That explosion was particularly deadly because of the dense volume of people aboard the steamboat when the blast occurred at about 2 a.m. The 2-year-old vessel, built to be a cotton transport, was only meant to carry about 376 passengers; roughly 2,130 were aboard when the catastrophe struck.

Melody Walker, director of planning and operations for the museum, said corruption was to blame for the throng of people packed onto the boat. As the steamboat stopped in Vicksburg, Miss., 34-year-old James Cass Mason, its captain, was approached by the chief quartermaster in the city. The quartermaster, Capt. Reuben Benton Hatch, promised he could get Mason at least 1,000 passengers in exchange for a kickback. Nearly double that ultimately boarded the ship.

Walker said Mason was struggling financially at the time, making Hatch’s offer one that was difficult to refuse.

The passengers Hatch guaranteed were prisoners of war who were recently paroled from Confederate prisoner of war camps at Cahaba, Ala., and Andersonville, Ga. The camps — particularly Andersonville — were notorious for their awful conditions, and many of those who boarded Mason’s vessel were weak or ill.

“At this point I believe their minds were stronger than their bodies; they were going home,” Walker said.

One of the boilers sprang a leak several days before the explosion, and Mason was forced to decide between patching the hole and hoping for the best or wait several days for more thorough repairs. He chose the former, and they resumed their northbound voyage.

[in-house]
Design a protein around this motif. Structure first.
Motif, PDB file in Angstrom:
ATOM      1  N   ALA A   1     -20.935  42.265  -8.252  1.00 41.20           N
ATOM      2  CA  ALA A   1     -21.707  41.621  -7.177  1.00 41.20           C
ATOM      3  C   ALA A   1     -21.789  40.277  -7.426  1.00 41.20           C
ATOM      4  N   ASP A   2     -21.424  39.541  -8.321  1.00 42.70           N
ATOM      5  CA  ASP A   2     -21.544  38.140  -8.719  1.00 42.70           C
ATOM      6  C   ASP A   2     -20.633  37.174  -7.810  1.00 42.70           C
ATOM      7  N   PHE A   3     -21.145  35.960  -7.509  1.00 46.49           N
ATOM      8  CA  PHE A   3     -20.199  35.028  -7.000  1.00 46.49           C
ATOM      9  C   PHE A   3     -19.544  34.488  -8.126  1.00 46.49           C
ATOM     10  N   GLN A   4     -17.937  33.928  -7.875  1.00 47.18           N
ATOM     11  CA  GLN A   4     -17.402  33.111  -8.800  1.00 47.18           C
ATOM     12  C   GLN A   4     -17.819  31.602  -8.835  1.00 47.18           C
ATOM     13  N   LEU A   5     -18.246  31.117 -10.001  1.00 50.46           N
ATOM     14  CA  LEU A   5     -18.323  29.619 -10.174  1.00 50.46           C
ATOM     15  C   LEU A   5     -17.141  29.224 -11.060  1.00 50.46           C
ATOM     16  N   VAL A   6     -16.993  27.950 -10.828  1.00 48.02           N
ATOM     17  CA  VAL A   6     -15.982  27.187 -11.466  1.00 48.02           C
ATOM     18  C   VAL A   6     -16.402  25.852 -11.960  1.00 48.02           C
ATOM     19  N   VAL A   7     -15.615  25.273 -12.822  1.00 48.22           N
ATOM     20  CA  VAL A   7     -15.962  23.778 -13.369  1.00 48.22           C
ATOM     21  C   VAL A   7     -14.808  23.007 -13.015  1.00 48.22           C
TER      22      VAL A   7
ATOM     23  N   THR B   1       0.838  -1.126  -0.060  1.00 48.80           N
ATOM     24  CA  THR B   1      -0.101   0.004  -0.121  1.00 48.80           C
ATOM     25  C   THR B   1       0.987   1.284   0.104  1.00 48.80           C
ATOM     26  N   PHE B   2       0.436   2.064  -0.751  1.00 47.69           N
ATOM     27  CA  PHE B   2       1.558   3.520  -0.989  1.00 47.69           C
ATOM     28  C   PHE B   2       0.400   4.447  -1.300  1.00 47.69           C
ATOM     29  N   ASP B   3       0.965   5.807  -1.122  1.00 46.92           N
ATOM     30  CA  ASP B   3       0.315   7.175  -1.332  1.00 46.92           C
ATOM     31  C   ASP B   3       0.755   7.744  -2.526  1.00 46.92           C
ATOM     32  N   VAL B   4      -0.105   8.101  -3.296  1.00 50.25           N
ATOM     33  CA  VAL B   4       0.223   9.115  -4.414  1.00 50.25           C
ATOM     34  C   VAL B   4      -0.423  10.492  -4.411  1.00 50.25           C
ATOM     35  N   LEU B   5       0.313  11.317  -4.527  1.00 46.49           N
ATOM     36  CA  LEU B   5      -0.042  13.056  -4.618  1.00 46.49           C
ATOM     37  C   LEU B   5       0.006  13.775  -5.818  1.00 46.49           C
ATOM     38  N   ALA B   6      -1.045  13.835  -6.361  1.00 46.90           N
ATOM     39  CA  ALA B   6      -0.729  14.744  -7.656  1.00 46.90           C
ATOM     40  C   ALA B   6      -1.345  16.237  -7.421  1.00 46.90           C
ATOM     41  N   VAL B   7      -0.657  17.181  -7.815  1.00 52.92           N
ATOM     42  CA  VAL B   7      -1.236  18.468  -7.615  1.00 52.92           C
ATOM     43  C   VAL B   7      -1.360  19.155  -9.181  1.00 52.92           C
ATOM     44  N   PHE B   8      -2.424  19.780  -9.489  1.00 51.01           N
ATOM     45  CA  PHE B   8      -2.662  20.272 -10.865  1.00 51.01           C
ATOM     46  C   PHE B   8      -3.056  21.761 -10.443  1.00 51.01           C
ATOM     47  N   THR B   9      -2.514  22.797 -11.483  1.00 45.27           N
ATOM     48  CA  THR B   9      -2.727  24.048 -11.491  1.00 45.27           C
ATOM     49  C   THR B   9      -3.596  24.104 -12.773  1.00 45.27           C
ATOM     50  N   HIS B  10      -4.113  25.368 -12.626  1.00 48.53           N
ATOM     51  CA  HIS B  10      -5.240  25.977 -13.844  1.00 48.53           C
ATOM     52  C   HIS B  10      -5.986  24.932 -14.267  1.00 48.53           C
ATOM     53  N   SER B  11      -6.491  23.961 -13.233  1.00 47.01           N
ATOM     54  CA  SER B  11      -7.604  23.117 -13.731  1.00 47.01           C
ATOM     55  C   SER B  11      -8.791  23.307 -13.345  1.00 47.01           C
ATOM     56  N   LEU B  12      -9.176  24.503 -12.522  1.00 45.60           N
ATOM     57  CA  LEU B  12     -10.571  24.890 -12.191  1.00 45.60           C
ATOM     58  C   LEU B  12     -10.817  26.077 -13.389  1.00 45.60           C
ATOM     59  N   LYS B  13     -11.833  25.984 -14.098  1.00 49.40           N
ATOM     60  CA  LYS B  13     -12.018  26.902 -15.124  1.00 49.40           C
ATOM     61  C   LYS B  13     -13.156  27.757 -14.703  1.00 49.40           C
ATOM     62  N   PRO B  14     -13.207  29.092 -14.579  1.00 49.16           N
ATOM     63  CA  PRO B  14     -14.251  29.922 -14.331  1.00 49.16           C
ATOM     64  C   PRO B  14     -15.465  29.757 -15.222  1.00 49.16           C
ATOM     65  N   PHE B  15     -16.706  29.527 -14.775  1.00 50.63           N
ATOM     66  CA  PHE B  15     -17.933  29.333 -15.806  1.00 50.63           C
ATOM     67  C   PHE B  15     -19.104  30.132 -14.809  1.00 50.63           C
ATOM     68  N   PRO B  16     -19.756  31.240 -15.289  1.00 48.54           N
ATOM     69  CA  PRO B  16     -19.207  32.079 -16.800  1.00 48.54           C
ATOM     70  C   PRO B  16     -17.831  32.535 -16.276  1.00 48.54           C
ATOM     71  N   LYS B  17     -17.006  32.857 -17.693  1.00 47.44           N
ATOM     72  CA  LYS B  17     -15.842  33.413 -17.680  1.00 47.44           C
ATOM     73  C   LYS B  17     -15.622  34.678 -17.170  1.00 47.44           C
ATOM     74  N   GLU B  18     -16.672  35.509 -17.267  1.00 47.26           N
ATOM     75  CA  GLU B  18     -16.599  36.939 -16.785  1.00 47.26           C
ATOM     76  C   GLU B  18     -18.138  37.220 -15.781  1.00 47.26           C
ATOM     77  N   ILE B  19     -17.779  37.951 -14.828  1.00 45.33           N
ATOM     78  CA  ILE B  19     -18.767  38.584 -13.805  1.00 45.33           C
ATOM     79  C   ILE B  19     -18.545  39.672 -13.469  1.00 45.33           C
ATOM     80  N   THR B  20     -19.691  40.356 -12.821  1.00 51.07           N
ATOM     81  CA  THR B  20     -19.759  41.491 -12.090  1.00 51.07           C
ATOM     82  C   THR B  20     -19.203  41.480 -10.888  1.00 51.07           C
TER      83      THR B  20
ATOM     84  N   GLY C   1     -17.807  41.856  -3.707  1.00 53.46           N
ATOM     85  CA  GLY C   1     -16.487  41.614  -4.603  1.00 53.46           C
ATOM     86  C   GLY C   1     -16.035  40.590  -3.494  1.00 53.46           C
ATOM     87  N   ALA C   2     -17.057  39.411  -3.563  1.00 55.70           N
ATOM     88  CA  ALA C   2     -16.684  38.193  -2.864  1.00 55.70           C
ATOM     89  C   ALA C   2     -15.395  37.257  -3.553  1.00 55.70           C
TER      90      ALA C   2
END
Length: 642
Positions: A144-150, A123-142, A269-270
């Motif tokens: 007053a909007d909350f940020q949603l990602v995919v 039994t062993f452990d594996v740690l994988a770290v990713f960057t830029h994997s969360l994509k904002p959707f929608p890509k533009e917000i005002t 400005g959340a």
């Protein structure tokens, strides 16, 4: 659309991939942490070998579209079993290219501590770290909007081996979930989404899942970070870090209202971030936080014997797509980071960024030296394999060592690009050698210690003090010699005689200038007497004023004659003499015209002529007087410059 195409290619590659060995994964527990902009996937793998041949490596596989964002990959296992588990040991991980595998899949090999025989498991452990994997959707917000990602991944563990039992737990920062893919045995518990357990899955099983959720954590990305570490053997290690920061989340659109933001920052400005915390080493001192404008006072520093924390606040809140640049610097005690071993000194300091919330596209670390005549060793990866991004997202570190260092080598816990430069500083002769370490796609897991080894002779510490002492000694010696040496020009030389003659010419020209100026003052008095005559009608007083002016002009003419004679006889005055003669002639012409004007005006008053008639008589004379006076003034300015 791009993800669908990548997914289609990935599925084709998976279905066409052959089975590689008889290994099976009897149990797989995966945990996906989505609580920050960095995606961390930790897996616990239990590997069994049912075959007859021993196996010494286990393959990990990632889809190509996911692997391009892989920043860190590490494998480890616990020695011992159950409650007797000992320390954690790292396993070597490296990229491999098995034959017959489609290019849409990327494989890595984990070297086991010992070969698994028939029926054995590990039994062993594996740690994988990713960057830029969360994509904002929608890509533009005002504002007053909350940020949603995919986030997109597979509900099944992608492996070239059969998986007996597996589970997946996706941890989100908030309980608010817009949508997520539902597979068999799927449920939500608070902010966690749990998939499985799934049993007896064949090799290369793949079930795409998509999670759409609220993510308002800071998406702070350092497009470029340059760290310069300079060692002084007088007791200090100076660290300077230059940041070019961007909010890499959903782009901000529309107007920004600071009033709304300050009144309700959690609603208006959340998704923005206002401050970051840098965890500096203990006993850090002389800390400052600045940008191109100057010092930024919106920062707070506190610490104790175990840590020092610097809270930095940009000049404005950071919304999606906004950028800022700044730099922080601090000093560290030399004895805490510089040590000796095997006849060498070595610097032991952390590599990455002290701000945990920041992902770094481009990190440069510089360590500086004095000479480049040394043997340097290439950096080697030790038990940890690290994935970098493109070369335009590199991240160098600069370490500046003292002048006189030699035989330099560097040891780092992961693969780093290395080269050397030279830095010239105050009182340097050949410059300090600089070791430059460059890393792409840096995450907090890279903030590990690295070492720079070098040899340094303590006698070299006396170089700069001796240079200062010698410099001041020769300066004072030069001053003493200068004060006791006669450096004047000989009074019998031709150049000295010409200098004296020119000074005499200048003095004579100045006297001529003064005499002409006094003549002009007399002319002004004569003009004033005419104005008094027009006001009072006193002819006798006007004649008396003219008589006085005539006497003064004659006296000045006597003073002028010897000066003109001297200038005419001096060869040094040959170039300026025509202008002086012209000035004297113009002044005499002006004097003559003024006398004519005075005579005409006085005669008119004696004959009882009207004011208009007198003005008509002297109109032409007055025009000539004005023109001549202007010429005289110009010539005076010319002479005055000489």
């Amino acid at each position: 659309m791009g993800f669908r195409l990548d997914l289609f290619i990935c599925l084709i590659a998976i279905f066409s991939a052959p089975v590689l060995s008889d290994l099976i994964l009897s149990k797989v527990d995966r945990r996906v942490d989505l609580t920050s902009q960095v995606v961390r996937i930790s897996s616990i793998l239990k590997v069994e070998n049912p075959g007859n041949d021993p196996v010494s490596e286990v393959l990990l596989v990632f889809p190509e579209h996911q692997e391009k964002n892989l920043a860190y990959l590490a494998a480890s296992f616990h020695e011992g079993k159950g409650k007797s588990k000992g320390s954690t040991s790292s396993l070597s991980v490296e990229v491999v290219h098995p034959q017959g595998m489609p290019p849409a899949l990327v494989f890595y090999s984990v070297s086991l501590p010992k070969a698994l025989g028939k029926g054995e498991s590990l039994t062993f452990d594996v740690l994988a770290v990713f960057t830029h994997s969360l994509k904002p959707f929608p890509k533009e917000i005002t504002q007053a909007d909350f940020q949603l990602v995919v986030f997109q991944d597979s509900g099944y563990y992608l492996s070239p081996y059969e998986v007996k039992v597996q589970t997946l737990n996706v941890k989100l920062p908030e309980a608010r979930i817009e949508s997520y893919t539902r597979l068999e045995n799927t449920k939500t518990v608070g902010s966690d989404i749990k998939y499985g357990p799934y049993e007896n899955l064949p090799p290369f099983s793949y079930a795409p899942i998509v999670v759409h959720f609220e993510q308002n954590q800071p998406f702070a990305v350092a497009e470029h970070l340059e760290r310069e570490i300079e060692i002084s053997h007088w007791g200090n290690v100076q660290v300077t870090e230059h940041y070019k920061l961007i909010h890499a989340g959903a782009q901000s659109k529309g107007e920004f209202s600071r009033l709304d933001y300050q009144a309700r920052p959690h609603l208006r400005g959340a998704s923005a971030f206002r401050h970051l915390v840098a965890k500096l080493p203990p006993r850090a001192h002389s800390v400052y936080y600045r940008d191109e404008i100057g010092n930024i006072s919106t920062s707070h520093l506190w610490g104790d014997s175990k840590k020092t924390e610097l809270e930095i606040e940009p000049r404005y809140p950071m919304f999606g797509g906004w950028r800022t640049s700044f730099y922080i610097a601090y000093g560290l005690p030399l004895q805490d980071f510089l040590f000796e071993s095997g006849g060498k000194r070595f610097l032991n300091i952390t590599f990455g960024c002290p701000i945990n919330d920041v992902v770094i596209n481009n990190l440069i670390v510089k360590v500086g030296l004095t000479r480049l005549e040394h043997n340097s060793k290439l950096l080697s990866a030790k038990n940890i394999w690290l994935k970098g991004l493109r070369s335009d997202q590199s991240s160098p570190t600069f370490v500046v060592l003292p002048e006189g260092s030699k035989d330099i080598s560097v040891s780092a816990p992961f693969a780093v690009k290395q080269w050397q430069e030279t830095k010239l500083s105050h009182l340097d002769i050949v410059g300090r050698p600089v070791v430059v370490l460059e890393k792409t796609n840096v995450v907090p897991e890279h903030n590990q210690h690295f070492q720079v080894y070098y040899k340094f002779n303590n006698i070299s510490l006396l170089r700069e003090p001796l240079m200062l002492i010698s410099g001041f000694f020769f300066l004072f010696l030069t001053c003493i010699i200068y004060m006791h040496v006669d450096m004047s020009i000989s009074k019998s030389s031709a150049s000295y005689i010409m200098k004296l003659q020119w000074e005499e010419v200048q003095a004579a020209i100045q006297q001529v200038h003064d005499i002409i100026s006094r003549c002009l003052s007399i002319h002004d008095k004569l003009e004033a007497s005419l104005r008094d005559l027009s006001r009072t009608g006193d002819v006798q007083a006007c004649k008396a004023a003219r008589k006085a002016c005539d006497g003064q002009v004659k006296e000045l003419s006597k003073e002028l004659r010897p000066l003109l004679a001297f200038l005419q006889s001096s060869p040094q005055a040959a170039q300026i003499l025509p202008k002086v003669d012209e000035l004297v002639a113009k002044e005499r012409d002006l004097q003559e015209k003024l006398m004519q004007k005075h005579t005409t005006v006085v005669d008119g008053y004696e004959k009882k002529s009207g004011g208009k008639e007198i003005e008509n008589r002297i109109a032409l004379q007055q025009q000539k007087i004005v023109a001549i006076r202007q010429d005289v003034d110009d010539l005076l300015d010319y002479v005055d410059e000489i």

The steamboat was near Marion, when the boilers exploded.

“The horrors of that night will never be effaced from my memory — such swearing, praying, shouting and crying I had never heard; and much of it from the same throat — imprecations followed by petitions to the Almighty, denunciations by bitter weeping,” wrote Rev. Chester D. Barry, who was a private in the Union army when he was captured at Cold Harbor, Va., and held at Andersonville.

After the disaster, only one officer was court-martialed, according to the museum: Capt. Frederic Speed. A six-month trial concluded with Speed found guilty of being “negligent of duty to the prejudice of good order and military discipline.” However, the verdict was later reversed and he was honorably discharged.

Hatch was determined by a judge to be responsible for the steamboat’s overcrowding, but he ignored three subpoenas and never saw a trial.

Mason, the Sultana’s captain, disappeared during the chaos of the explosion and its aftermath. Witnesses reported that he remained aboard the ship and threw debris into the river on which survivors could float, Fogleman said, adding that he likely died before he could be rescued.

Nobody ever received punishment for the enormous loss of life, according to Fogleman; a commission that investigated the disaster ultimately decided that all those who were to blame were already dead.